§ Mr. LUNDON
asked the Chief Secretary for Ireland, if he will make it perfectly clear that local justices are entitled to sit in judgment on cases brought up in Ireland under the Military Service Act; what statute entitles a magistrate before whom informations and not depositions are sworn to deprive other justices from adjudicating in such a case; was it a clearly understood proceeding that only under the Criminal Law and Procedure (Ireland) Act could such a right be maintained; and are cases under the Military Service Act to be treated as under that Act or have instructions been issued to resident magistrates suggesting to them the desirability of excluding from the bench of justice in military service cases all magistrates who are tainted with Nationalist ideas?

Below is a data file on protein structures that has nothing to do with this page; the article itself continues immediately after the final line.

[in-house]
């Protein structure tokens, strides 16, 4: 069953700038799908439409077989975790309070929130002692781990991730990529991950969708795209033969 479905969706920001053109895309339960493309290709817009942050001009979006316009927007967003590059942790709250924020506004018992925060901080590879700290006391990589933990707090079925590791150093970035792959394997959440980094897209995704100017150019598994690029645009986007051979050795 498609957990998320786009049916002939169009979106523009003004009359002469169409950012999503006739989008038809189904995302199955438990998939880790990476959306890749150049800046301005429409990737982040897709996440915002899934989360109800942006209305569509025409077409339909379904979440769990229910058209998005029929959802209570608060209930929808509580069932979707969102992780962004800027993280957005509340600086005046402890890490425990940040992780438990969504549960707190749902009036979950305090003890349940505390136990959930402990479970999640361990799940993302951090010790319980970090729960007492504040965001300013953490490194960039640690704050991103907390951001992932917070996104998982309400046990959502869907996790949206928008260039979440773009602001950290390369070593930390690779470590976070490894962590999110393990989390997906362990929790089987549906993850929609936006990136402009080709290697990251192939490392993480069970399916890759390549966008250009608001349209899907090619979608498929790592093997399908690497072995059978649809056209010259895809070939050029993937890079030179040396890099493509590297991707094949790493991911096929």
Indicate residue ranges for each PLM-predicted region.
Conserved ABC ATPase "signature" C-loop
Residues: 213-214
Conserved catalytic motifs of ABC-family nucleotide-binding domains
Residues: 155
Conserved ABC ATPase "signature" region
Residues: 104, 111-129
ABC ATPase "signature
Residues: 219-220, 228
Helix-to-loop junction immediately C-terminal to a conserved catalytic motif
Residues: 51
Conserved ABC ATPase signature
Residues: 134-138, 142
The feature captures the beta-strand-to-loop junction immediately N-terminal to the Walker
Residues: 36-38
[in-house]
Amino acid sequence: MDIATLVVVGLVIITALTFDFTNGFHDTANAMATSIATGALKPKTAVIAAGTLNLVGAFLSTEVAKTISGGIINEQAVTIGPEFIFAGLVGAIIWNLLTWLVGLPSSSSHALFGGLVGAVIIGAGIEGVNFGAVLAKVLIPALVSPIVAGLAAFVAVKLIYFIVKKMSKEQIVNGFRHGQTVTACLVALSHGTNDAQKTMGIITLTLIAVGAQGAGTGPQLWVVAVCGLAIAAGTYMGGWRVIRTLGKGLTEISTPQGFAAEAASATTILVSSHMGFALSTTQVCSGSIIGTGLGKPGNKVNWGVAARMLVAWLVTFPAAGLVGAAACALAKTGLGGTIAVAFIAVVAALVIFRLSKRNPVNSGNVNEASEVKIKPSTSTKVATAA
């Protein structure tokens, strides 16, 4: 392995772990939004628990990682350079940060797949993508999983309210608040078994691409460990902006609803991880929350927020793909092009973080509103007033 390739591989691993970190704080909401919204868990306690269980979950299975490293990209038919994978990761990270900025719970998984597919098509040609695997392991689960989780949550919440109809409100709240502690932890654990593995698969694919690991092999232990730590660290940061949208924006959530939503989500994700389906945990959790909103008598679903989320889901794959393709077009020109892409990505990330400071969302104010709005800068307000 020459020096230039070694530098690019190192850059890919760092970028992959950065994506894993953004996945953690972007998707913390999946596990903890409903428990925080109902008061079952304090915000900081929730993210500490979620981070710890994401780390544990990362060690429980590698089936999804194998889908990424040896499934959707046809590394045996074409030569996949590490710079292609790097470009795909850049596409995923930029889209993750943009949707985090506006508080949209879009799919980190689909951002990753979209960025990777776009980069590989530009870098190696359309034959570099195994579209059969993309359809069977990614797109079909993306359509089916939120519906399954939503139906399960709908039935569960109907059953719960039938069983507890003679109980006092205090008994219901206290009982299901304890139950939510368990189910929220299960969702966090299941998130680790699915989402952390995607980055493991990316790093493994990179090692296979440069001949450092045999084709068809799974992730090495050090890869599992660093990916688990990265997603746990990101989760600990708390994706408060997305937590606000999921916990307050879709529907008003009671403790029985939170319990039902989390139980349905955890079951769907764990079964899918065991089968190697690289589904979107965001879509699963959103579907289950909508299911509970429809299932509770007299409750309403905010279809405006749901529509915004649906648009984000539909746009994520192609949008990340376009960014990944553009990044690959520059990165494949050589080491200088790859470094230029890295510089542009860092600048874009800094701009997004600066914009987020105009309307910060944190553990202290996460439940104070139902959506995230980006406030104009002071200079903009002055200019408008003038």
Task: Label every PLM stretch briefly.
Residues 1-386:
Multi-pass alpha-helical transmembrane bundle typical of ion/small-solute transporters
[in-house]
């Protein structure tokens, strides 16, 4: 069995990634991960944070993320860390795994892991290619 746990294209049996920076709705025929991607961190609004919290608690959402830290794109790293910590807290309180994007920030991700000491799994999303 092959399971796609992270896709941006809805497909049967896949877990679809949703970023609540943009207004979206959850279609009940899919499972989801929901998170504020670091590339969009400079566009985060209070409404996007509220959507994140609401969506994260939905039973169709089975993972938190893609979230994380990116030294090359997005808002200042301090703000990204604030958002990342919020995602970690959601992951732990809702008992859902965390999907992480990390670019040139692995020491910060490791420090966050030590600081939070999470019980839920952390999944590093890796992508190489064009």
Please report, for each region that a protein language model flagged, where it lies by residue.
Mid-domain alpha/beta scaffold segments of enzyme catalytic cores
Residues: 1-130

§ Mr. DUKE
No such instructions as those suggested by the latter part of the 967W hon. Member's question have been issued. The question of the competency of a single justice to adjudicate in the cases of alleged absentees under the Military Service Act is at present, as I am informed, pending for decision in the case of an alleged absentee who has been arrested in the County of Limerick, and who is represented by counsel and solicitor. The Attorney-General has given instructions to the Crown solicitor to appear on behalf of the police, who made the arrest, in order that the question of jurisdiction may be fully argued and, if necessary, carried by either party for final decision before the High Court of Justice in Ireland. The Criminal Law and Procedure Act (Ireland) has, I am told, no bearing upon the case.